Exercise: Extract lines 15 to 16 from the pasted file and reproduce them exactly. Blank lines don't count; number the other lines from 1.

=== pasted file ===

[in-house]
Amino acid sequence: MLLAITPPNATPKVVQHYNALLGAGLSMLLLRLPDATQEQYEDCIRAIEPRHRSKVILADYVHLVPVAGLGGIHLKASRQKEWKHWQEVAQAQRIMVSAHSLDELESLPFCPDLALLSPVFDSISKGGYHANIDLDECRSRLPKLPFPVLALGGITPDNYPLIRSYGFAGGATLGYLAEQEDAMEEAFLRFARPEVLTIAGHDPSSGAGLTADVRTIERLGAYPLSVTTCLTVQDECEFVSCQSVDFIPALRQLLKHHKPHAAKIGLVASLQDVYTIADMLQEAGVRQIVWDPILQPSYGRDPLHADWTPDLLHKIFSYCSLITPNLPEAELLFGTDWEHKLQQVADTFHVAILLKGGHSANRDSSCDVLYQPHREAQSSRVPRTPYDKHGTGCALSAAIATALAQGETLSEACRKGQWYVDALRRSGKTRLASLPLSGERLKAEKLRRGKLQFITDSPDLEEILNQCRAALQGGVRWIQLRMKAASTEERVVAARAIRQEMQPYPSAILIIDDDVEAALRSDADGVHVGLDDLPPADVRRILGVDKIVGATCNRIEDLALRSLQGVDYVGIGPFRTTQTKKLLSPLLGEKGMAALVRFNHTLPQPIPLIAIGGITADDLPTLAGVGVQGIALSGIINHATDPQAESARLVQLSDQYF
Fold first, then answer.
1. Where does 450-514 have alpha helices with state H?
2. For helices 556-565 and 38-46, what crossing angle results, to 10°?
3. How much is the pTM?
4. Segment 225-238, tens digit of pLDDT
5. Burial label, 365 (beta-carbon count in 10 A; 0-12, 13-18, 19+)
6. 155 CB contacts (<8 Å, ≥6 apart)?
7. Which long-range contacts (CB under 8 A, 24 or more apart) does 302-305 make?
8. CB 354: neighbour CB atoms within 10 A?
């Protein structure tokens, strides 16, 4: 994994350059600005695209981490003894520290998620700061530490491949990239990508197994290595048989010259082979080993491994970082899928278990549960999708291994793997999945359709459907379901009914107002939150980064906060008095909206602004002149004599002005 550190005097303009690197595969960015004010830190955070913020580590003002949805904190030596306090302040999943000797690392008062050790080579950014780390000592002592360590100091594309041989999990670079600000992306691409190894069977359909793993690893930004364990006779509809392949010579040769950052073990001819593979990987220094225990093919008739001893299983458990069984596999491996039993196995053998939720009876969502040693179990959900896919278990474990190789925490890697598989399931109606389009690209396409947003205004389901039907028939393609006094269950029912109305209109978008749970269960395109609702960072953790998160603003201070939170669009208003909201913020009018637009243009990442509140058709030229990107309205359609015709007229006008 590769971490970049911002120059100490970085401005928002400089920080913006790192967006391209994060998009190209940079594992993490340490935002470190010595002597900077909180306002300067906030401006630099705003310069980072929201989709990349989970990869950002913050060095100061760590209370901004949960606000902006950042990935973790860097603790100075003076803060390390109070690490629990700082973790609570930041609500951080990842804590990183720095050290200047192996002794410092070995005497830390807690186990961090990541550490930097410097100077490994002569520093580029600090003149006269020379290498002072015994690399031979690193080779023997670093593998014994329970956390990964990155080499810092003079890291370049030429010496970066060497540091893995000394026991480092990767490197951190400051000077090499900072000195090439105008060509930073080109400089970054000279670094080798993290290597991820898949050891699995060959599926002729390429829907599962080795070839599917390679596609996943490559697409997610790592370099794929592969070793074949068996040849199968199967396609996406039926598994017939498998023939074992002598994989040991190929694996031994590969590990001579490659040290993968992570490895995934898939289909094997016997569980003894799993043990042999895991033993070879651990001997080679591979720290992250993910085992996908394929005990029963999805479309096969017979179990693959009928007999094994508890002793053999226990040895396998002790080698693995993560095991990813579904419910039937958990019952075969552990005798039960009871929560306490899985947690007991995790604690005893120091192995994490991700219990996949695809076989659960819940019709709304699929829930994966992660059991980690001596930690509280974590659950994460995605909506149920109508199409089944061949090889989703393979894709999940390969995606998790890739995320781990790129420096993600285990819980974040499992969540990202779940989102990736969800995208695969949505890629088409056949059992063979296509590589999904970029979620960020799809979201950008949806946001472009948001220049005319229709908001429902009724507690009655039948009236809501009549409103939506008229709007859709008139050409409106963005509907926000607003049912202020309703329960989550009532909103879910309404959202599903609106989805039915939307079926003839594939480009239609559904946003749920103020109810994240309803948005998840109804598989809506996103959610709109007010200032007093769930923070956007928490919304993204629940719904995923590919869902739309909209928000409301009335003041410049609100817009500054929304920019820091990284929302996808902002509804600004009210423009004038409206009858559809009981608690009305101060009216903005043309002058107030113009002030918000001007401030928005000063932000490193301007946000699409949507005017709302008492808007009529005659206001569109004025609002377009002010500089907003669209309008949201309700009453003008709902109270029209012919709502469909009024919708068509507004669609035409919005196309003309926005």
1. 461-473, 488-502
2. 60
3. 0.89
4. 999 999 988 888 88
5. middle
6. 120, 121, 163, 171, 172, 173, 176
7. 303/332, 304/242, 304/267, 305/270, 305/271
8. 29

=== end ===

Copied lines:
3. 0.89
4. 999 999 988 888 88